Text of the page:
German Supreme Court: domiciliary right allows hotel to ban extremist politician from its premises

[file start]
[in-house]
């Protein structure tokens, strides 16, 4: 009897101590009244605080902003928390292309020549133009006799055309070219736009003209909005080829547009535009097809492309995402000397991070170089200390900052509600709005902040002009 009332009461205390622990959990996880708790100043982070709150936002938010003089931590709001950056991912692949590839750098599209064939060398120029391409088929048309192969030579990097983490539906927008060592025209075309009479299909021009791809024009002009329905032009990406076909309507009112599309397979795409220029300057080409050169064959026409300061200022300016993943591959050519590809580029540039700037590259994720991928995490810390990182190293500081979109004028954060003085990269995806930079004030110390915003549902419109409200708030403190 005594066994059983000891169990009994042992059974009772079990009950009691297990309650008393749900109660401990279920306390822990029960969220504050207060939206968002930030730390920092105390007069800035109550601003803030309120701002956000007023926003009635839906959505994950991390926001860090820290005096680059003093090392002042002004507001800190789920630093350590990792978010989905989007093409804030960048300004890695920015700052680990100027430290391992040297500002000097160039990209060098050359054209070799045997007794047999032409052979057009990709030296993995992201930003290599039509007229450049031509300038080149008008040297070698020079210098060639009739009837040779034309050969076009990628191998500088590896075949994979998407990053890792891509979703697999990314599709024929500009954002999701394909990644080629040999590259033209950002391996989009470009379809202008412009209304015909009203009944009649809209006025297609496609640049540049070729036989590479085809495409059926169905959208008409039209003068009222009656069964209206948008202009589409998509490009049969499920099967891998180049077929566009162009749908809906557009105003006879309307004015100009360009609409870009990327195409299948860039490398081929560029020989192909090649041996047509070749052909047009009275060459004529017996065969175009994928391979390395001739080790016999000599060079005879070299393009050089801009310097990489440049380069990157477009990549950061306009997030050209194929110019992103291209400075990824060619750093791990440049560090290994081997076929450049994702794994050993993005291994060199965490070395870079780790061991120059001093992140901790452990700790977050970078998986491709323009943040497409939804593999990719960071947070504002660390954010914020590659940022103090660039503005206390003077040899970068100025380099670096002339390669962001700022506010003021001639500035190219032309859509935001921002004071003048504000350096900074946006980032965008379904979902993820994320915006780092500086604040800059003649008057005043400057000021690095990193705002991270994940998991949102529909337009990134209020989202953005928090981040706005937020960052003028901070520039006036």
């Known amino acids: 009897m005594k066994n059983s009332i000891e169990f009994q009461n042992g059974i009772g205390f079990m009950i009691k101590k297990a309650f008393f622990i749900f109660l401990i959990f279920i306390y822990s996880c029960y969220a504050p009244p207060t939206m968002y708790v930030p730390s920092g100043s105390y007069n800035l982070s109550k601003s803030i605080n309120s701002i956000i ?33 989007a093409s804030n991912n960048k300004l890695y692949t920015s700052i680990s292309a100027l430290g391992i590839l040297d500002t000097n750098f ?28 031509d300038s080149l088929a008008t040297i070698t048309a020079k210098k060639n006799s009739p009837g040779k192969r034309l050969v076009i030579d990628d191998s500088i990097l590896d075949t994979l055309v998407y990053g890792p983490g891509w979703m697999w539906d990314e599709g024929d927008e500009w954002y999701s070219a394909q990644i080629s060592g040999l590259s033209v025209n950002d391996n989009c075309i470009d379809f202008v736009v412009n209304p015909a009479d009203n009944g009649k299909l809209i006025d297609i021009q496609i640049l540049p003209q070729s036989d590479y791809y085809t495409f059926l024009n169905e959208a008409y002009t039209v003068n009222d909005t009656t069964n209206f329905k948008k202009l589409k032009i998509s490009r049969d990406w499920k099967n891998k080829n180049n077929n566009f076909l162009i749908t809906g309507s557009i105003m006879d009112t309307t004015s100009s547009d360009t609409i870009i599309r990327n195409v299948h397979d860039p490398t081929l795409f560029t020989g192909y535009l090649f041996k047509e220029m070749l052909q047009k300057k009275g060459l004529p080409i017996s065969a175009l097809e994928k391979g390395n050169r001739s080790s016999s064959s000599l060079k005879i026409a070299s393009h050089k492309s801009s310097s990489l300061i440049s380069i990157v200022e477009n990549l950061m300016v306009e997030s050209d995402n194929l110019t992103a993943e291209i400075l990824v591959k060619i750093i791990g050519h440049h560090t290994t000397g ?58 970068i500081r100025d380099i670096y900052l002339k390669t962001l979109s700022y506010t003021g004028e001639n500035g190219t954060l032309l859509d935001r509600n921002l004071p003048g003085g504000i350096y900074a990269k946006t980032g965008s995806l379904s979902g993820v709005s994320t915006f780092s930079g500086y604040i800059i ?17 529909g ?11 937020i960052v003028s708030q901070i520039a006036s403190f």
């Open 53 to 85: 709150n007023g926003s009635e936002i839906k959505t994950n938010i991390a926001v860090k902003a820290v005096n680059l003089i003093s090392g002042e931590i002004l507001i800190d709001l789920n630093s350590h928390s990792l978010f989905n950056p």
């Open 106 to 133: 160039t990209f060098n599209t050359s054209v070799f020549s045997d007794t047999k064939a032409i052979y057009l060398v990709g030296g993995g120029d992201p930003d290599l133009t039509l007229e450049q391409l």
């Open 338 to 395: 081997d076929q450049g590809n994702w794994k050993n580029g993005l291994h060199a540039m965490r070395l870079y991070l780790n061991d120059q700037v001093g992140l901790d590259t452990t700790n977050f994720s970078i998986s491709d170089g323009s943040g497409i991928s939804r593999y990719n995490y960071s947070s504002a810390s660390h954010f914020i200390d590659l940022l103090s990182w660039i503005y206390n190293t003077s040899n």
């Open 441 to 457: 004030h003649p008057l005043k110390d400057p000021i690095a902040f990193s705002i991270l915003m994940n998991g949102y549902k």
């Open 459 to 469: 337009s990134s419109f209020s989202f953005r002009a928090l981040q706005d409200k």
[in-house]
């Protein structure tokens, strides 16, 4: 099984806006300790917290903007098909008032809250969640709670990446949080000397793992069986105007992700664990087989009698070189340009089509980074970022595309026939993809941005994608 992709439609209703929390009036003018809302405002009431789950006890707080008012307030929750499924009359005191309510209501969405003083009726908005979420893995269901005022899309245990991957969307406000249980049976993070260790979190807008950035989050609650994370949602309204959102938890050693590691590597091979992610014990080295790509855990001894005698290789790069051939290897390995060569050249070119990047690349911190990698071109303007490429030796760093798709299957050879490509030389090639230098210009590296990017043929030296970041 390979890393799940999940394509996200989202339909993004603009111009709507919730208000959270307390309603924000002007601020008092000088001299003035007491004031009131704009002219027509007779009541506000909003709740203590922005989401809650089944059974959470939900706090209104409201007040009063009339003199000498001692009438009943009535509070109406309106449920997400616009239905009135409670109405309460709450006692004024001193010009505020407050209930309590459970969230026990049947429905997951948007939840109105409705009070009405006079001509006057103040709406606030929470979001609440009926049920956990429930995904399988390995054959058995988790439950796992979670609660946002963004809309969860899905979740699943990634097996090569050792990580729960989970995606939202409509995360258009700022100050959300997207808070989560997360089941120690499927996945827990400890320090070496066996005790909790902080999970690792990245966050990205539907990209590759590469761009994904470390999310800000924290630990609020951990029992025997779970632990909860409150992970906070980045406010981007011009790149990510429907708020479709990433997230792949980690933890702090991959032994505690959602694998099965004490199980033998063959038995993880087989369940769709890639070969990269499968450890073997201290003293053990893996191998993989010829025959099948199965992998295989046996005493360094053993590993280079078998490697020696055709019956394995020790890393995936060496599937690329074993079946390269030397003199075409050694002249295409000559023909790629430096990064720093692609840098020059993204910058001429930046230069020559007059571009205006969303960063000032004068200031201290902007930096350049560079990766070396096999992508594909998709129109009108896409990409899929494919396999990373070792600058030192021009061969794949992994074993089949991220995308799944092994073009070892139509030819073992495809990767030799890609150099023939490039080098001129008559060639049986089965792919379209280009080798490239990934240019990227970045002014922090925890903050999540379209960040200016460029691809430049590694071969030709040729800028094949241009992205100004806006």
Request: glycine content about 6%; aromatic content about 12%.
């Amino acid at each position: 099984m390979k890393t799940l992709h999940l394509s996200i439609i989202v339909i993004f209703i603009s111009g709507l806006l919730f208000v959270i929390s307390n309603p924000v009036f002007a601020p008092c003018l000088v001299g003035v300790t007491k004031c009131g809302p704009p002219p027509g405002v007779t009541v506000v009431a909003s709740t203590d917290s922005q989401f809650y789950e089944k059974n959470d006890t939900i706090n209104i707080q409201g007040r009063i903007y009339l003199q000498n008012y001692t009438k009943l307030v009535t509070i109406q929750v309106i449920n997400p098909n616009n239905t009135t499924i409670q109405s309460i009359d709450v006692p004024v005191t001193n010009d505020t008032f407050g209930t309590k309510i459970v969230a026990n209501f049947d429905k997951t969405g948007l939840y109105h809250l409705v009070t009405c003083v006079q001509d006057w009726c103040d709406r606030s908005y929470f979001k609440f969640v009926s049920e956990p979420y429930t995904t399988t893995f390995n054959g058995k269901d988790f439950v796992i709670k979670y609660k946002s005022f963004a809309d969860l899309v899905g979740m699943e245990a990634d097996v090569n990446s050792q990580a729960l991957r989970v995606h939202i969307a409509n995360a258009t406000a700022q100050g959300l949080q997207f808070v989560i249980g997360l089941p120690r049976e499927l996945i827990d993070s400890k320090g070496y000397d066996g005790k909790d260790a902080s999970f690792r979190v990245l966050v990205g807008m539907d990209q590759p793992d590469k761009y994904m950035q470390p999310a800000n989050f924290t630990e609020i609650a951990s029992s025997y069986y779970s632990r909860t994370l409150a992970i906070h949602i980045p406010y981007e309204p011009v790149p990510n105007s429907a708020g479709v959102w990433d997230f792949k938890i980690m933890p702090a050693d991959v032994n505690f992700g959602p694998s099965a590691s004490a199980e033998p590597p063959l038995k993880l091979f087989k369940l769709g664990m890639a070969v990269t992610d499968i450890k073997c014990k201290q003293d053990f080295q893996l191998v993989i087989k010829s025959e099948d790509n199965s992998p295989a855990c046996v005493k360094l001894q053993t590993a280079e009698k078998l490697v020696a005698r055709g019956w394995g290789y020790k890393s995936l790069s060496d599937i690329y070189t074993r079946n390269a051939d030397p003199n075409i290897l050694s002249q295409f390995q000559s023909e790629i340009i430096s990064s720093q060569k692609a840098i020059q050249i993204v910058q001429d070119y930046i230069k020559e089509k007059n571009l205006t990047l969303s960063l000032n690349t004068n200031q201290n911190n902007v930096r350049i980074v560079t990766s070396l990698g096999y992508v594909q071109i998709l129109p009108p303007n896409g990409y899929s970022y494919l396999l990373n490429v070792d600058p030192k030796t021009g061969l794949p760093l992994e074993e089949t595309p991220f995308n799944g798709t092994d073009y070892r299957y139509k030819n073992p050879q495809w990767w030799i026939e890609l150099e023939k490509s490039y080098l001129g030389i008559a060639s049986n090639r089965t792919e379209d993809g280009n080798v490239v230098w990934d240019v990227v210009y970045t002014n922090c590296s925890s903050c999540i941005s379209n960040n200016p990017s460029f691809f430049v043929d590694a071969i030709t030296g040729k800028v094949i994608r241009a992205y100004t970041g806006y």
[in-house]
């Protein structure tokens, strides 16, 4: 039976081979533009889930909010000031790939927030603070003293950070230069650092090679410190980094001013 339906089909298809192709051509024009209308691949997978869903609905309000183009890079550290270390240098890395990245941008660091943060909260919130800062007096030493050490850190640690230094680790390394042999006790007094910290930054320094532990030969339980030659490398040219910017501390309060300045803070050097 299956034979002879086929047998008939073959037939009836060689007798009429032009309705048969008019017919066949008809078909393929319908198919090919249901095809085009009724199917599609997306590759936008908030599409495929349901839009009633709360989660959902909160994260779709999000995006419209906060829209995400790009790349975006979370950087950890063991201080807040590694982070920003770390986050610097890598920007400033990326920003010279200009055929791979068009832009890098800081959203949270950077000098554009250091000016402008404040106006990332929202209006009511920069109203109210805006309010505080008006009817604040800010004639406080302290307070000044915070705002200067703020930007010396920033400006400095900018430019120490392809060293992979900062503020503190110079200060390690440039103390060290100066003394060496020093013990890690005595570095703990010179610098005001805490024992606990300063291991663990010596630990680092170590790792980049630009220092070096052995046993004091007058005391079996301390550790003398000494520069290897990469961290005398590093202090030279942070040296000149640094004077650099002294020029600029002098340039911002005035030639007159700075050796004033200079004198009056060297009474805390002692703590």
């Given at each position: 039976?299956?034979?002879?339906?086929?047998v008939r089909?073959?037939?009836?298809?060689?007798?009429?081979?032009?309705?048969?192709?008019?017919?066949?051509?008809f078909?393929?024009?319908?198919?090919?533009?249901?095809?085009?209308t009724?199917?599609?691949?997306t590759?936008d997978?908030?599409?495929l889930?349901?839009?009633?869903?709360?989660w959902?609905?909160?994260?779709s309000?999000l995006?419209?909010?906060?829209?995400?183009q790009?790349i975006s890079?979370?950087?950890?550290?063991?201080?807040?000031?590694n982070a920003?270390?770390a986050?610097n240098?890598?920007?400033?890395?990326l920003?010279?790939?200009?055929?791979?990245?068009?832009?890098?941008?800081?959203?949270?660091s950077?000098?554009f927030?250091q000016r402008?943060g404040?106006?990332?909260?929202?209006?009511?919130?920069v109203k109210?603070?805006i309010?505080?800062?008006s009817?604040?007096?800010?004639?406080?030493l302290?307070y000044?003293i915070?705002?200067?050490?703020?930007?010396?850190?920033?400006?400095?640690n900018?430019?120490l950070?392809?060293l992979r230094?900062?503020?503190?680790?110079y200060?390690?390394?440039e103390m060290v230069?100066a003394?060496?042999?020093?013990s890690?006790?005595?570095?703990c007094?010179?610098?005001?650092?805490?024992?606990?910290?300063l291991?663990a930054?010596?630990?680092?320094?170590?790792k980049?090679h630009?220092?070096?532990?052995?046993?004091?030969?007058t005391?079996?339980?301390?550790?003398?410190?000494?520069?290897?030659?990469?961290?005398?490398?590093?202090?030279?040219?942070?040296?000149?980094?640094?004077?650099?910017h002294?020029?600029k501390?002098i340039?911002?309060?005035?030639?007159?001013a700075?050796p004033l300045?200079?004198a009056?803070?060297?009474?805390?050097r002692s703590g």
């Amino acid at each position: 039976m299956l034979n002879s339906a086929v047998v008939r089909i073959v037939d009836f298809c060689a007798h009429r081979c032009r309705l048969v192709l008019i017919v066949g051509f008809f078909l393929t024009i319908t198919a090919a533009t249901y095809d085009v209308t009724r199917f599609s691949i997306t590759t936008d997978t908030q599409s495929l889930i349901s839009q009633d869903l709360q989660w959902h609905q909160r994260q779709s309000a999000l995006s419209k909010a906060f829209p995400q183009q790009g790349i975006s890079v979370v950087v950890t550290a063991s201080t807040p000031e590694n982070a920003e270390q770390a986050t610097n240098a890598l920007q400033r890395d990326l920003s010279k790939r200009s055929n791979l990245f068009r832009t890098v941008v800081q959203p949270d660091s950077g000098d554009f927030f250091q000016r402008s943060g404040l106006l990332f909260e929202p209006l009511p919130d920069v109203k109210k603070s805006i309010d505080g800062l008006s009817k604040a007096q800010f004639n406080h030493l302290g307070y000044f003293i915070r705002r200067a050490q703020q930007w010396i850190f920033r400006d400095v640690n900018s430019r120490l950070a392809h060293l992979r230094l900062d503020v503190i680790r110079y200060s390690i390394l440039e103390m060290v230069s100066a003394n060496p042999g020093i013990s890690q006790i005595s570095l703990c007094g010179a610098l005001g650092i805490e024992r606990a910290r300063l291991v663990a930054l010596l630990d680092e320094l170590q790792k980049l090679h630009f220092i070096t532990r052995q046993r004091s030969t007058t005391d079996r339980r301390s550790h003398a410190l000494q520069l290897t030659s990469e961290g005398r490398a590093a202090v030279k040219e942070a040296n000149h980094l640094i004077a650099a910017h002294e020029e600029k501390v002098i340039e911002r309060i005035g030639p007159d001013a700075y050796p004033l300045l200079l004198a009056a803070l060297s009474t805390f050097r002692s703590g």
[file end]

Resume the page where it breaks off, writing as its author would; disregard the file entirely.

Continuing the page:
In the case of the former chairman of the extreme right wing German NPD (“Democratic Party of Germany”), Udo Voigt, whose wife had booked a private vacation at a wellness resort in Brandenburg but they were denied access by the hotel director on the reason that Voigt’s extreme politcal views were detrimental to the image of the hotel and the other guests’ desire for comfort and relaxation (see IFTTA news of 23 November, 2010), the German Supreme Court (BGH) has for the most part upheld the judgements of the lower instance courts which had appoved the ban.The BGH pointed our that the domiciliary right was an adjunct of real estate property or possesion as well as a consequence of the principle of private autonomy. As a basic principle it was the free decision of each real estate owner or possesor to whom to grant access. However, with regard to the particular period of time of their vacation, Voigt and his wife by their confirmed booking had acquired a contractual right to stay at the hotel and therefore only could have been banned for very important reasons. As no evidence had been produced that Voigt on the occasion of previous hotel stays had upset other hotel guests with political statements, the hotel had failed to prove such important reasons.The ban was therfore approved with the exemption of the period for which the particular vacations had been booked.Source: BGH press release Nr. 32/2012 of March 9, 2012, available in German here>>.Case: V ZR 115/11, judgement of March 9, 2012

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